Water taxi may soon ferry workers from Richmond’s Marina Bay to San Francisco
By Robert Rogers
Contra Costa Times
RICHMOND — A private water taxi may soon transport workers from the Marina Bay shoreline to San Francisco daily.
Richard Poe, who owns and operates 25 acres of land and about 250,000 square feet of office space on the Richmond waterfront, says a plan is in the works to start service this year.
“We want to pay for daily water taxi service linking us with San Francisco,” Poe said. “We think it will increase demand for commercial space here overnight.”
Poe, who owns Virtual Development Corp., is in talks with Tideline Marine Group of Sausalito, a water taxi company founded in 2012 that has three boats and permission to use docks in San Francisco, Berkeley, Oakland and Marin.
While he wouldn’t divulge the financial terms of the pending deal, Poe said he will pay for twice-daily service linking employees in his buildings to San Francisco, an added perk to leasing space in his buildings. Poe says many employees who work in his buildings live in San Francisco.
On Thursday, Taylor Lewis, chief executive officer of Tideline Marine, docked his 55-foot, 40-passenger catamaran at the Richmond Harbor Master dock for a visit with Poe to iron out details.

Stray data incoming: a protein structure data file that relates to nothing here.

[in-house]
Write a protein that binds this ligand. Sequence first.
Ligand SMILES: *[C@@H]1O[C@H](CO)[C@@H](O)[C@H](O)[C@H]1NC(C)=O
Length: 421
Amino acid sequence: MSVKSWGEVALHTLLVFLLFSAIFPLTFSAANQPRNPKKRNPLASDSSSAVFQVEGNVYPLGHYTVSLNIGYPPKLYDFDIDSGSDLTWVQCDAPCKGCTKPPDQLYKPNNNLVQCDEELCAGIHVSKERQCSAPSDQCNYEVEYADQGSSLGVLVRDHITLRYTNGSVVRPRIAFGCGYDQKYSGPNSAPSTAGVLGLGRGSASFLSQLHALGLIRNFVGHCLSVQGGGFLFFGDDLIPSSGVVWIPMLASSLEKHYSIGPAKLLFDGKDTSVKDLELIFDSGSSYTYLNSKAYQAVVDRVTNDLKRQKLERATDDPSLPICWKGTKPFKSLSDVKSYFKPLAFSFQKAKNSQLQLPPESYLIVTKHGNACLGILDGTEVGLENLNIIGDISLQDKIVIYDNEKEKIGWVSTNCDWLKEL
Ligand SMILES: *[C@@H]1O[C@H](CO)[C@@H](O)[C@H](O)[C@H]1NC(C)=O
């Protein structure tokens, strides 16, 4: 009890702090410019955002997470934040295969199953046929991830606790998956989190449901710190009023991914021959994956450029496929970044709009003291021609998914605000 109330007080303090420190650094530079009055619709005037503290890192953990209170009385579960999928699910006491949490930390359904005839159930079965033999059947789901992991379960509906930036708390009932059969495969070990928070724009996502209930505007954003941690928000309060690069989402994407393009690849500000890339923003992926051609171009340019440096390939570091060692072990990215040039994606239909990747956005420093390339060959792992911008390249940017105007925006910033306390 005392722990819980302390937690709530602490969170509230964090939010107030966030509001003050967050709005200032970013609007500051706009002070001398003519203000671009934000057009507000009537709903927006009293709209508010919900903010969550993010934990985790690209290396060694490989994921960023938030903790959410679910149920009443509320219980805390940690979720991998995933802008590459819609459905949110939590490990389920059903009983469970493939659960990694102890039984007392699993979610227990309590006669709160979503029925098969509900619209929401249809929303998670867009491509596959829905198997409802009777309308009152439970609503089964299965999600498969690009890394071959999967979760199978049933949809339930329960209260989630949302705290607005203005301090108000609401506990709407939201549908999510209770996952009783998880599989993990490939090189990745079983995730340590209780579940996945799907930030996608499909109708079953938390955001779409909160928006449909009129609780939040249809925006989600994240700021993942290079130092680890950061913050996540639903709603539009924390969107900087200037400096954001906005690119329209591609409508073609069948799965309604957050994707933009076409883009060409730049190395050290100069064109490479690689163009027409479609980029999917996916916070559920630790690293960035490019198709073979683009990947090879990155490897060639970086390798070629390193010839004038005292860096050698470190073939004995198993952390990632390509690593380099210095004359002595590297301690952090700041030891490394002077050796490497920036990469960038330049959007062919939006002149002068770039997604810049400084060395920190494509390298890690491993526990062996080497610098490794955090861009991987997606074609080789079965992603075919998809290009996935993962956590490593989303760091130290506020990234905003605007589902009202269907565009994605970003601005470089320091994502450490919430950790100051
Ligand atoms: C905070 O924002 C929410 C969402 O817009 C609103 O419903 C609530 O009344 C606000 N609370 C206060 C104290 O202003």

Tideline Marine received San Francisco Port Commission approval in 2012 to drop and pick up customers at Hyde Street fishing harbor, Pier 39 and the South Beach marina near AT&T Park. Lewis said his boats can cross the bay in 25 minutes.
Tideline Marine Group currently operates as an on-call service, like a conventional taxicab company, taking customers across the bay.
“I see the Richmond waterfront as an area where tremendous growth is possible,” Lewis said.
Poe said his buildings are less than half full, with about 300 employees for businesses including Chevron and Comcast. With the new water taxi service, he hopes to drive demand for his office space.
“With the prices per square foot of leasing space in San Francisco, we offer great amenities at less than half the price, so I’m hoping more demand spills over here,” Poe said.
Ferry service has a spotty history in Richmond, including a brief daily run in 1999 and 2000. The San Francisco Bay Water Emergency Transportation Authority held meetings last year outlining plans for a commuter ferry that would take riders from Richmond’s Craneway Pavilion to the San Francisco Ferry Building in about 35 minutes.
That service, which could come to fruition in the next few years, would be subsidized by about $22.5 million from Measure J, a Contra Costa County sales tax measure aimed at improving transportation.
But Poe said he hopes his private venture will begin service this year.
“We are close to a deal,” Poe said.
Councilman Tom Butt said he has been skeptical of ferry service to Richmond’s waterfront because of lack of population and commercial space density, but conditions are changing.
“San Francisco technology economy and rental markets are going bonkers,” Butt said. “And young professionals tend to be receptive to alternative transportation.”